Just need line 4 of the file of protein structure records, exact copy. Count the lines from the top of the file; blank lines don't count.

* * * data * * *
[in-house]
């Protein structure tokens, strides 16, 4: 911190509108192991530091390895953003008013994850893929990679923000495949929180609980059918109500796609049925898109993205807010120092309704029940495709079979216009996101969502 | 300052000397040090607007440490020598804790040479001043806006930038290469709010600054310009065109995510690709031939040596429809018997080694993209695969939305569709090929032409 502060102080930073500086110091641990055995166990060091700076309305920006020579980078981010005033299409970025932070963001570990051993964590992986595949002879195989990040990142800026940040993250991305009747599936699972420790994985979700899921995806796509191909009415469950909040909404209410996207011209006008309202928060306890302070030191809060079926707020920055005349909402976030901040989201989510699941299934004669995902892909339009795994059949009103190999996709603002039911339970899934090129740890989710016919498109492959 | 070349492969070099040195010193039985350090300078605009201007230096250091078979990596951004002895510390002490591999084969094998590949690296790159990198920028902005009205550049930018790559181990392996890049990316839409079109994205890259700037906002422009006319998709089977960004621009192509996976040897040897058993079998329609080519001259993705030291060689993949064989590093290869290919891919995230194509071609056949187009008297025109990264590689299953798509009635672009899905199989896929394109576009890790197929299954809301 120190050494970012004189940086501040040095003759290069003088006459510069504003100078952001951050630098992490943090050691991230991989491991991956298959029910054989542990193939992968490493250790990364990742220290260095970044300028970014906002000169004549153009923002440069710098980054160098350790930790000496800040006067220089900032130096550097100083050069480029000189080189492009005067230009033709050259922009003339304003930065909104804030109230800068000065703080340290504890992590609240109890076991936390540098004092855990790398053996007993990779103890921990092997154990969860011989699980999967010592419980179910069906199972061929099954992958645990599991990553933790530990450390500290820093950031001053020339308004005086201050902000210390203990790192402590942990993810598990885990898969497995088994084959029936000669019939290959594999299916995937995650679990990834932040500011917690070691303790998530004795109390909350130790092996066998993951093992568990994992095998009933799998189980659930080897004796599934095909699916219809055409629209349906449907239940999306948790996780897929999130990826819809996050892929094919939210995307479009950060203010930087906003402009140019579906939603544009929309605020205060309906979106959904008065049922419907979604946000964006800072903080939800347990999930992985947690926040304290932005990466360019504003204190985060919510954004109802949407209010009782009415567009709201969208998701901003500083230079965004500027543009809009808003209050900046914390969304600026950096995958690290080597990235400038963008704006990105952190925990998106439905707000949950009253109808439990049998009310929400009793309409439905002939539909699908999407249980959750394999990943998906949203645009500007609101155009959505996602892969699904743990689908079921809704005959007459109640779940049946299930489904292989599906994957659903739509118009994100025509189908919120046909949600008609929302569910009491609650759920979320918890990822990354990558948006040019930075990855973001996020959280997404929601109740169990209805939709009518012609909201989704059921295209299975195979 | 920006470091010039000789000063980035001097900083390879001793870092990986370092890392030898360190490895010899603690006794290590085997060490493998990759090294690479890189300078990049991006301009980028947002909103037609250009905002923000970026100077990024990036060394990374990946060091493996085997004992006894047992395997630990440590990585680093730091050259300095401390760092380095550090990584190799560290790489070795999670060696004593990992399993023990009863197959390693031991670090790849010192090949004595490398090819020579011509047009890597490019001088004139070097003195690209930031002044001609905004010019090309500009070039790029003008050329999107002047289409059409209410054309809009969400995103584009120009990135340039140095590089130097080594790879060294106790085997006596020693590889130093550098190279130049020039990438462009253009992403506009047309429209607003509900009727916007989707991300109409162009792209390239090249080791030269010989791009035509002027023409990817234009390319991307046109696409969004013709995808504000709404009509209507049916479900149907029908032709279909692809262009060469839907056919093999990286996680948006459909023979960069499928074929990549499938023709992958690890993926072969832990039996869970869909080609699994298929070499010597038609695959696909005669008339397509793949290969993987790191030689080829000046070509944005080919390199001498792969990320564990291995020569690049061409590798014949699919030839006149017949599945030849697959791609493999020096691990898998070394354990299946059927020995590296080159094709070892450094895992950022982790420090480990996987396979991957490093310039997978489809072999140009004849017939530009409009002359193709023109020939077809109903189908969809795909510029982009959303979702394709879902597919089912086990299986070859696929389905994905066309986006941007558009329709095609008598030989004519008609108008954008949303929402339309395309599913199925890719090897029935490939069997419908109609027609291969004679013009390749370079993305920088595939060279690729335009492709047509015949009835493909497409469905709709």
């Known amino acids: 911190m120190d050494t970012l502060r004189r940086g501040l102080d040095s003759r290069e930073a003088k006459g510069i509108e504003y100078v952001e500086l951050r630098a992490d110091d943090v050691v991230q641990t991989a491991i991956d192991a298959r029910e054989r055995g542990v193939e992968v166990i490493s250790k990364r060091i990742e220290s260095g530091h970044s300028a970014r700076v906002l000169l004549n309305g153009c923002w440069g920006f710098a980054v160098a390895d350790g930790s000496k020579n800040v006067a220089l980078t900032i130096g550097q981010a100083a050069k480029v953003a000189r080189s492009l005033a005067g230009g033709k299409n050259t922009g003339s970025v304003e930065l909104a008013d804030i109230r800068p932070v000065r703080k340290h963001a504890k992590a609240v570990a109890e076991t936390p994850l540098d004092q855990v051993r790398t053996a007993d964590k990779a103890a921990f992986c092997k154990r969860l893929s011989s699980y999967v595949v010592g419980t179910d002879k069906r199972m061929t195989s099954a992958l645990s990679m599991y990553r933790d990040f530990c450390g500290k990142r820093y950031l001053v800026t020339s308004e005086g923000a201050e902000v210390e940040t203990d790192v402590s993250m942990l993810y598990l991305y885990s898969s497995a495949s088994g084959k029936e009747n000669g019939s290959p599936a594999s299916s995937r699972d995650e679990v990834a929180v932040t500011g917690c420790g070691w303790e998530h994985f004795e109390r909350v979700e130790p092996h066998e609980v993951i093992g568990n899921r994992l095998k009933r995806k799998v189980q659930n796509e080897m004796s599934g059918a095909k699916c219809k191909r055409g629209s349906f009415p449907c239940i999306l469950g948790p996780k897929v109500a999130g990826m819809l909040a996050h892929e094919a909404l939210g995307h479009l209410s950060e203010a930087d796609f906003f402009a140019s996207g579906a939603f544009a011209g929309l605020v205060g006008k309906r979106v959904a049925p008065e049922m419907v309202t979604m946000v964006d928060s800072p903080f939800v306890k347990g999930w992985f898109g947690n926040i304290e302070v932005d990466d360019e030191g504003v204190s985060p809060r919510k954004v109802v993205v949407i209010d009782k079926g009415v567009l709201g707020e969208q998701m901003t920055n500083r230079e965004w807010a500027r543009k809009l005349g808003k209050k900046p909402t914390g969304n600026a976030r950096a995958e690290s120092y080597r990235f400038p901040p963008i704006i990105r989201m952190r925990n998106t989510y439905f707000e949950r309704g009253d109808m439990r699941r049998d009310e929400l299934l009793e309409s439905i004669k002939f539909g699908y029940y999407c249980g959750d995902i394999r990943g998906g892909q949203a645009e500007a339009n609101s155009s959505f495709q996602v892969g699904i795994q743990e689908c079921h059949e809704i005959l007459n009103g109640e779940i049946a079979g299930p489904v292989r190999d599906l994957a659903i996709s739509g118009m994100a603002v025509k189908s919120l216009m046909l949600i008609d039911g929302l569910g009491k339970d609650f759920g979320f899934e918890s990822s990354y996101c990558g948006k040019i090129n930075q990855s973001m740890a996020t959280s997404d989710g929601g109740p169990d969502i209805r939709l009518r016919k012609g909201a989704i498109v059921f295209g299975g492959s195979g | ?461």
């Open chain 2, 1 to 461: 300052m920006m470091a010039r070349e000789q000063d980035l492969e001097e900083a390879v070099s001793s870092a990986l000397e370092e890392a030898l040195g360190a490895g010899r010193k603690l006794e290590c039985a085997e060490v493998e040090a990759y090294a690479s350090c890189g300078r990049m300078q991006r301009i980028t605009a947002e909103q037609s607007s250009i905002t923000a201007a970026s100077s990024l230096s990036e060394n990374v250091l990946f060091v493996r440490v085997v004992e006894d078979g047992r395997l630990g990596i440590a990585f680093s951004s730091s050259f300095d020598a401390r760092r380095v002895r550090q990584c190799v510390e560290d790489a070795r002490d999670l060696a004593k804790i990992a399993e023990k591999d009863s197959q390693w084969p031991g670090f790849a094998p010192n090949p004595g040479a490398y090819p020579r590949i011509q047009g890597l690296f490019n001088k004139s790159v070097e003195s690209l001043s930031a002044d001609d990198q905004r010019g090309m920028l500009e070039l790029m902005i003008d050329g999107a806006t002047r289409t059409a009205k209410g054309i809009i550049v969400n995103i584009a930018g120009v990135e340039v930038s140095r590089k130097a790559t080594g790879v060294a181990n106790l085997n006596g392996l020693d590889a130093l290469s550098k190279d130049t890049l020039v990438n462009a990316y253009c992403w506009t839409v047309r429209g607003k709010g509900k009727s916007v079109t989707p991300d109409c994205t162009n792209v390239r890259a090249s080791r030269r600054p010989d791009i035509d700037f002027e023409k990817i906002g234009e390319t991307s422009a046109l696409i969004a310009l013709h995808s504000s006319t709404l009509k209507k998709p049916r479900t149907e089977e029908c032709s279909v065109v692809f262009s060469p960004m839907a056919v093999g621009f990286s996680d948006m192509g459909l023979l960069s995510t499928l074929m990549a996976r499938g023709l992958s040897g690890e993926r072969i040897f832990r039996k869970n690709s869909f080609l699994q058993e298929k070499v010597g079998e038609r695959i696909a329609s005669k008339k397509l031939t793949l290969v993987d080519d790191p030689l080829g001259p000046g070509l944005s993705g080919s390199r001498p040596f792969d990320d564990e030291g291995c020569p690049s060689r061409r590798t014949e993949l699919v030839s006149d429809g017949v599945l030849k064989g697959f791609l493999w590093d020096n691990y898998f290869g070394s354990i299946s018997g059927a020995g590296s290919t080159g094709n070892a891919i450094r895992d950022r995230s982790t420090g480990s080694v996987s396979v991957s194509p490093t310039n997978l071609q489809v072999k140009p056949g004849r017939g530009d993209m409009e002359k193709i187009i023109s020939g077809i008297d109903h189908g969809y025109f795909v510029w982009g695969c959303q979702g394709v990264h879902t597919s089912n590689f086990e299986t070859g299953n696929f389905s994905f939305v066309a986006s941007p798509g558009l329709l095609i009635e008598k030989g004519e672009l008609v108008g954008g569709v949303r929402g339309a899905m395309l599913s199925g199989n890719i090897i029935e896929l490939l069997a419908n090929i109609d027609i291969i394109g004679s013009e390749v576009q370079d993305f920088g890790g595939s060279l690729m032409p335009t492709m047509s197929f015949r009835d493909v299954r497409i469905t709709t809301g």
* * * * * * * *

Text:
């Open chain 2, 1 to 461: 300052m920006m470091a010039r070349e000789q000063d980035l492969e001097e900083a390879v070099s001793s870092a990986l000397e370092e890392a030898l040195g360190a490895g010899r010193k603690l006794e290590c039985a085997e060490v493998e040090a990759y090294a690479s350090c890189g300078r990049m300078q991006r301009i980028t605009a947002e909103q037609s607007s250009i905002t923000a201007a970026s100077s990024l230096s990036e060394n990374v250091l990946f060091v493996r440490v085997v004992e006894d078979g047992r395997l630990g990596i440590a990585f680093s951004s730091s050259f300095d020598a401390r760092r380095v002895r550090q990584c190799v510390e560290d790489a070795r002490d999670l060696a004593k804790i990992a399993e023990k591999d009863s197959q390693w084969p031991g670090f790849a094998p010192n090949p004595g040479a490398y090819p020579r590949i011509q047009g890597l690296f490019n001088k004139s790159v070097e003195s690209l001043s930031a002044d001609d990198q905004r010019g090309m920028l500009e070039l790029m902005i003008d050329g999107a806006t002047r289409t059409a009205k209410g054309i809009i550049v969400n995103i584009a930018g120009v990135e340039v930038s140095r590089k130097a790559t080594g790879v060294a181990n106790l085997n006596g392996l020693d590889a130093l290469s550098k190279d130049t890049l020039v990438n462009a990316y253009c992403w506009t839409v047309r429209g607003k709010g509900k009727s916007v079109t989707p991300d109409c994205t162009n792209v390239r890259a090249s080791r030269r600054p010989d791009i035509d700037f002027e023409k990817i906002g234009e390319t991307s422009a046109l696409i969004a310009l013709h995808s504000s006319t709404l009509k209507k998709p049916r479900t149907e089977e029908c032709s279909v065109v692809f262009s060469p960004m839907a056919v093999g621009f990286s996680d948006m192509g459909l023979l960069s995510t499928l074929m990549a996976r499938g023709l992958s040897g690890e993926r072969i040897f832990r039996k869970n690709s869909f080609l699994q058993e298929k070499v010597g079998e038609r695959i696909a329609s005669k008339k397509l031939t793949l290969v993987d080519d790191p030689l080829g001259p000046g070509l944005s993705g080919s390199r001498p040596f792969d990320d564990e030291g291995c020569p690049s060689r061409r590798t014949e993949l699919v030839s006149d429809g017949v599945l030849k064989g697959f791609l493999w590093d020096n691990y898998f290869g070394s354990i299946s018997g059927a020995g590296s290919t080159g094709n070892a891919i450094r895992d950022r995230s982790t420090g480990s080694v996987s396979v991957s194509p490093t310039n997978l071609q489809v072999k140009p056949g004849r017939g530009d993209m409009e002359k193709i187009i023109s020939g077809i008297d109903h189908g969809y025109f795909v510029w982009g695969c959303q979702g394709v990264h879902t597919s089912n590689f086990e299986t070859g299953n696929f389905s994905f939305v066309a986006s941007p798509g558009l329709l095609i009635e008598k030989g004519e672009l008609v108008g954008g569709v949303r929402g339309a899905m395309l599913s199925g199989n890719i090897i029935e896929l490939l069997a419908n090929i109609d027609i291969i394109g004679s013009e390749v576009q370079d993305f920088g890790g595939s060279l690729m032409p335009t492709m047509s197929f015949r009835d493909v299954r497409i469905t709709t809301g």